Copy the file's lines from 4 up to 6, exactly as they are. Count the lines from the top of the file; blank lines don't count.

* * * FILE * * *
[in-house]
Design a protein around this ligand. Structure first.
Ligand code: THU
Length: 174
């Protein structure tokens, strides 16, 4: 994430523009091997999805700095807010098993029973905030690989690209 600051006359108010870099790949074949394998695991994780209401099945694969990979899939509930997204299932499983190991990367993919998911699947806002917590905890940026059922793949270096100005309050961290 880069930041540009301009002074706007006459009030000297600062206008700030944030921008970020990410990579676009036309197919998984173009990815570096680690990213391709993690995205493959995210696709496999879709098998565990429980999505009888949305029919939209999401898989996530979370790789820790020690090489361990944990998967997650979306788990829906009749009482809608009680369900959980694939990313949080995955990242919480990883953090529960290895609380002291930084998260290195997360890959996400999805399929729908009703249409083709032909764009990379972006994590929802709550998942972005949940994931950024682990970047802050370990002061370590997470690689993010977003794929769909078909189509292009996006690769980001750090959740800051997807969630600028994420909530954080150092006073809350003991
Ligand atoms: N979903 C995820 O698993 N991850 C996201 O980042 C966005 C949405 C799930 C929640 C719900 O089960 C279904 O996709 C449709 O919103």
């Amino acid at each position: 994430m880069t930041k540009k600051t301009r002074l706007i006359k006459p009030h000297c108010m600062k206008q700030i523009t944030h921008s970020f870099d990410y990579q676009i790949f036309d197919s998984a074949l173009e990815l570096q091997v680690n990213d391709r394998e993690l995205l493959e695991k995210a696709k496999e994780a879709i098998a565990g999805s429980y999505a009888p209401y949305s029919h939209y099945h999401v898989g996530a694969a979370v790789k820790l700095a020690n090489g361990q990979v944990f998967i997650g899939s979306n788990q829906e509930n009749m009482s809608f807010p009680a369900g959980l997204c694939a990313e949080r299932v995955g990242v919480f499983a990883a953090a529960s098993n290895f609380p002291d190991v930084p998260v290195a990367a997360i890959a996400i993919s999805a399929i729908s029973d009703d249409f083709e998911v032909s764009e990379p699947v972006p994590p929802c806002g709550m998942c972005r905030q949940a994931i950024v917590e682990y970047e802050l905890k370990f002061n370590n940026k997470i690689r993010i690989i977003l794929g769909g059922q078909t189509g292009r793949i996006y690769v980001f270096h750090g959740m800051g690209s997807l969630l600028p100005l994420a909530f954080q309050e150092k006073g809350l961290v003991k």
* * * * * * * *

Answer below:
Length: 174
């Protein structure tokens, strides 16, 4: 994430523009091997999805700095807010098993029973905030690989690209 600051006359108010870099790949074949394998695991994780209401099945694969990979899939509930997204299932499983190991990367993919998911699947806002917590905890940026059922793949270096100005309050961290 880069930041540009301009002074706007006459009030000297600062206008700030944030921008970020990410990579676009036309197919998984173009990815570096680690990213391709993690995205493959995210696709496999879709098998565990429980999505009888949305029919939209999401898989996530979370790789820790020690090489361990944990998967997650979306788990829906009749009482809608009680369900959980694939990313949080995955990242919480990883953090529960290895609380002291930084998260290195997360890959996400999805399929729908009703249409083709032909764009990379972006994590929802709550998942972005949940994931950024682990970047802050370990002061370590997470690689993010977003794929769909078909189509292009996006690769980001750090959740800051997807969630600028994420909530954080150092006073809350003991
Ligand atoms: N979903 C995820 O698993 N991850 C996201 O980042 C966005 C949405 C799930 C929640 C719900 O089960 C279904 O996709 C449709 O919103």